Questions about the search process may be directed to Andrew Whitis, OhioNET Board Chair at whitis@ufindlay.edu.

OhioNET is governed by a 12-member Board of Directors, elected at-large by the membership to serve 3-year terms. The Board consists of professional librarians from OhioNET member institutions.

Each fall, four seats come up for election.  The Board is currently seeking nominations for two public library representatives, one academic library representative, and one special library representative.

Interested parties can contact Christine Morris, Deputy Director, at christinem@ohionet.org or 800-686-8975 with questions, for self-nomination, or for referral of potential candidates.

During the first full week of August, something very special happened all over the state of Ohio.  Staff members from libraries of all sizes and types came together to tackle a major national issue—the opioid crisis.  Hosted by the Regional Library Systems, the State Library of Ohio, and OhioNET, 4 separate events took place over 4 days in 4 cities around the state: Gallipolis, Dayton, Findlay and Twinsburg.  Each day-long event attracted between 70 and 120 attendees and featured national, state-wide, and local speakers and resources, including an opening keynote session with Sam Quinones, author of DREAMLAND: The True Tale of America’s Opiate Epidemic and a closing presentation and brainstorming activity led by Dr. Meghan Harper (Associate Professor, School of Information at Kent State University).  At each of the 4 events, a panel of library staff members from various types of libraries in that region shared professional and personal perspectives on the impact of the opioid epidemic.  Each event also included a presentation from the host county’s Project DAWN team featuring local resources and giving background information on addiction issues. Attendees left at the end of each day with a better understanding of how we got where we are and, more importantly, what we can do to combat this scourge on our communities.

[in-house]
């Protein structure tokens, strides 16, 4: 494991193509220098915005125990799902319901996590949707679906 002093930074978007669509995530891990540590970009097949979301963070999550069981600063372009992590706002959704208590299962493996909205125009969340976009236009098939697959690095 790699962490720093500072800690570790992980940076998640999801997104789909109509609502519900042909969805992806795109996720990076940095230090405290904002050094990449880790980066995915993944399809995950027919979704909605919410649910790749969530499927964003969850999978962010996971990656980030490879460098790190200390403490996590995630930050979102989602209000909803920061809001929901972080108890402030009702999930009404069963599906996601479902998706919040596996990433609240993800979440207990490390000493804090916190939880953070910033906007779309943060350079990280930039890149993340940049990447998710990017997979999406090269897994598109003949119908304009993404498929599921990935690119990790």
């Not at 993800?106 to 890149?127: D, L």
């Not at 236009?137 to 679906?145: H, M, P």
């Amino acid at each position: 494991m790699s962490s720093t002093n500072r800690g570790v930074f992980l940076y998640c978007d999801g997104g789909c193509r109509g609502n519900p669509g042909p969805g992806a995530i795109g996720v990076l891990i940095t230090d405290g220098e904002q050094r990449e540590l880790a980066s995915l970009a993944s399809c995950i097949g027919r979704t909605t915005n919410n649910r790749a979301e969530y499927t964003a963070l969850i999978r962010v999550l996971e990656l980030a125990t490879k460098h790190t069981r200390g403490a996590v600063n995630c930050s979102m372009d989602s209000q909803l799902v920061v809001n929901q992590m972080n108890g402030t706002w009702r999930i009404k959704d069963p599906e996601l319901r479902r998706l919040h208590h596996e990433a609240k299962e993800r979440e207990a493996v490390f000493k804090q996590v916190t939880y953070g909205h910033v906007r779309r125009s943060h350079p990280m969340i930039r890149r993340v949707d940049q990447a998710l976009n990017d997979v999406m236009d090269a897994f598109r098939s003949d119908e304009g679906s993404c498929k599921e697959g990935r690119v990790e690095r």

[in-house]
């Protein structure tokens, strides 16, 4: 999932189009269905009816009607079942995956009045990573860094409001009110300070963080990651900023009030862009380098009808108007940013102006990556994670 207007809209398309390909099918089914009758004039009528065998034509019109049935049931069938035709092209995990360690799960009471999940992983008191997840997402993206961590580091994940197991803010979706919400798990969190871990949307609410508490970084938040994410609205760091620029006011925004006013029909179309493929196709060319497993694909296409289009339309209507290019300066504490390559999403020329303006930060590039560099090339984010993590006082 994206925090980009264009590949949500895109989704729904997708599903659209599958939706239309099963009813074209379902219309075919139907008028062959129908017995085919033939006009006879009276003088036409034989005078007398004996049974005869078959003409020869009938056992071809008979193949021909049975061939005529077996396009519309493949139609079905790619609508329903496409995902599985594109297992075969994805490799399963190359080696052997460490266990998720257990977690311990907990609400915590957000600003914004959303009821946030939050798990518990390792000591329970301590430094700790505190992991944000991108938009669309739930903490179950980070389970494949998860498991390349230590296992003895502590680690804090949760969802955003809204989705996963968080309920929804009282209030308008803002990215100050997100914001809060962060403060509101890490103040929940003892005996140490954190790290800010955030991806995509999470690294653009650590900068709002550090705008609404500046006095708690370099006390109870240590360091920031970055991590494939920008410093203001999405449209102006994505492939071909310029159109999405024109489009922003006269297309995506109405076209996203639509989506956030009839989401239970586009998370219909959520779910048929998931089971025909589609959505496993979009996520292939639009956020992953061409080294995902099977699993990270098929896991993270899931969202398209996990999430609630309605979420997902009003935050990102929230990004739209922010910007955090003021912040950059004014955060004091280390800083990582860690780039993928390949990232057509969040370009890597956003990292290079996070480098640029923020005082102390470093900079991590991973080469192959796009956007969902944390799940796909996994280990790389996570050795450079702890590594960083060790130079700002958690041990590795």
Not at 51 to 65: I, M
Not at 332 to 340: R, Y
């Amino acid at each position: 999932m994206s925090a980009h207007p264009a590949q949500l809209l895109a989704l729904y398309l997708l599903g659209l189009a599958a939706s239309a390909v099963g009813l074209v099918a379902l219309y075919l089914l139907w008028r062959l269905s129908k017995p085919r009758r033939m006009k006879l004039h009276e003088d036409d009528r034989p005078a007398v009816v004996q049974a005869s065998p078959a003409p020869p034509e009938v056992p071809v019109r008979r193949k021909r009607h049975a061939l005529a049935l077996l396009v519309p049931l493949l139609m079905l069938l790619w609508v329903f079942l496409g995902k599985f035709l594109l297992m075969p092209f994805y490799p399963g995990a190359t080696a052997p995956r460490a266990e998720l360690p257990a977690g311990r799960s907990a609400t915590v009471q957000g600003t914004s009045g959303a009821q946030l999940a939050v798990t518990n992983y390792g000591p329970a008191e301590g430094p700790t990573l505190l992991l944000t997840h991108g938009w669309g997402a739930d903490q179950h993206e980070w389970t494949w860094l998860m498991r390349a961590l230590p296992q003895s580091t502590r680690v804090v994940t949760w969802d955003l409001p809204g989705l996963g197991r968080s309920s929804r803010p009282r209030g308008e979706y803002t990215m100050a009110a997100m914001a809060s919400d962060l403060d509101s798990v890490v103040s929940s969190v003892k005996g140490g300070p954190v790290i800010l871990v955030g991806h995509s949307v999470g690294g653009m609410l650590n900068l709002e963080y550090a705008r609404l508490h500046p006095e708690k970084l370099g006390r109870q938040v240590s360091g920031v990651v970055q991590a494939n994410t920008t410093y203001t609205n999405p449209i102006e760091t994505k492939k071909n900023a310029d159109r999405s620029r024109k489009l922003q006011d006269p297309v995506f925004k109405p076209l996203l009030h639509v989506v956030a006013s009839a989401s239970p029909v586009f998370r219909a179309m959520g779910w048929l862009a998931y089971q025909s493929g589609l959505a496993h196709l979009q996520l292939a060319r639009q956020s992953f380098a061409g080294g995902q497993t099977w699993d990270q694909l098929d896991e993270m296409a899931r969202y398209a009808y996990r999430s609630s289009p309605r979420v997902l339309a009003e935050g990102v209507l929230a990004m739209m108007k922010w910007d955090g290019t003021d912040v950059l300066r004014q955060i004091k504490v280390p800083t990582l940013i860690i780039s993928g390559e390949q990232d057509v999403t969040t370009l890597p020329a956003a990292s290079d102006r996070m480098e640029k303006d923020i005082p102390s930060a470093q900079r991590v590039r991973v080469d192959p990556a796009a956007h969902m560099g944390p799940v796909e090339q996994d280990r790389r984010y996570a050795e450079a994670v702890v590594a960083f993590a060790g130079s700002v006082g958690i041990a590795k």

The feedback folks shared was overwhelmingly positive with 85-95% of all attendees agreeing (or strongly agreeing) with statements about their learning and their intention to apply it to the work they do for the communities they serve. Over 75% of attendees returned our short survey at the end of each day, including over 180 unique comments like…

  • Have heard or read about most of these ideas, but each presenter sparked new thoughts about how to apply to library service.
  • Very good program. Got a lot out of the panel discussions. Good ideas to take back to my library. Enjoyed Sam Quinones & Dr. Harper. Lots to think about.
  • Opioid epidemic is a community problem that needs attention from the public. Loved the coming together to speak about these issues.
  • I felt so inspired to band together with other libraries and community leaders to have a conversation and brainstorming sessions about this epidemic.
  • Thank you for hosting an event like this in our neck of the woods. Workshops about opioids are so relevant to our work as librarians. Keep'em coming.
  • As mentioned, the problem is too complicated for a single solution, and libraries are one of those places that entire cross sections of the public frequent. All libraries should have this info available to the public.
  • Anyone can give someone kindness and hope.
  • I learned enough to know I need to learn more.